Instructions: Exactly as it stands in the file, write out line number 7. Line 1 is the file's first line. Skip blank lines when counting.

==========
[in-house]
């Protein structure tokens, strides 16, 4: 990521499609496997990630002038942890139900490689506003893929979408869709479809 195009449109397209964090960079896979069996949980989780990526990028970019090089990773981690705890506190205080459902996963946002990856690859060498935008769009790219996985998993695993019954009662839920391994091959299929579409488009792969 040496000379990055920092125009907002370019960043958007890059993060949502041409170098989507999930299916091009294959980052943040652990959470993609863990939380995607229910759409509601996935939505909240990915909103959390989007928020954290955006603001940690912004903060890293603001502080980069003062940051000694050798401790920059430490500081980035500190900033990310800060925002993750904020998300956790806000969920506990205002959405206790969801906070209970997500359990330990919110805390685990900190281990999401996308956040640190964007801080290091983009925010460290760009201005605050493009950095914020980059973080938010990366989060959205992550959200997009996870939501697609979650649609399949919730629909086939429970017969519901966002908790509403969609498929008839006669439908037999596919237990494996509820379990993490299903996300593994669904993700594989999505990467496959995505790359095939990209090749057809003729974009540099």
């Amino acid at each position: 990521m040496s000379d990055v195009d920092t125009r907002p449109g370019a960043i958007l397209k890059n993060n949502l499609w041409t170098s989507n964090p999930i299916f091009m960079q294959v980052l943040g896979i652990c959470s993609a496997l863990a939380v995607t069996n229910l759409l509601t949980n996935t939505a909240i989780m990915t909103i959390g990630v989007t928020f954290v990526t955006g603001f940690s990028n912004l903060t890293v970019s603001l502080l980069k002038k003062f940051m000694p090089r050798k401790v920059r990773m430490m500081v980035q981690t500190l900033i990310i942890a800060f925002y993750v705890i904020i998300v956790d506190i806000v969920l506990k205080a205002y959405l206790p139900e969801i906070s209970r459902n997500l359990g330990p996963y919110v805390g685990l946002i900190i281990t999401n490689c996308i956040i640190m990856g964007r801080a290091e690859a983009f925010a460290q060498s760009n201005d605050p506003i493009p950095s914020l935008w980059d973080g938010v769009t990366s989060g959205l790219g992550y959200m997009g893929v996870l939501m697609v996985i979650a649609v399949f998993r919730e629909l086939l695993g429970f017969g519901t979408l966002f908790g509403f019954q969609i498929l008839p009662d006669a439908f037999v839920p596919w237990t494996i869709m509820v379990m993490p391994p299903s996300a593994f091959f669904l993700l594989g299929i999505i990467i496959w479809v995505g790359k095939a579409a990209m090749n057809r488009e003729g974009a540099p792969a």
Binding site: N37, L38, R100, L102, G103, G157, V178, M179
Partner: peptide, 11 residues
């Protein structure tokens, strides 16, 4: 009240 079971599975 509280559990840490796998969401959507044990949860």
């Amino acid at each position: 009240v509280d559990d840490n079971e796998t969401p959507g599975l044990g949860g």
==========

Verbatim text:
């Amino acid at each position: 009240v509280d559990d840490n079971e796998t969401p959507g599975l044990g949860g």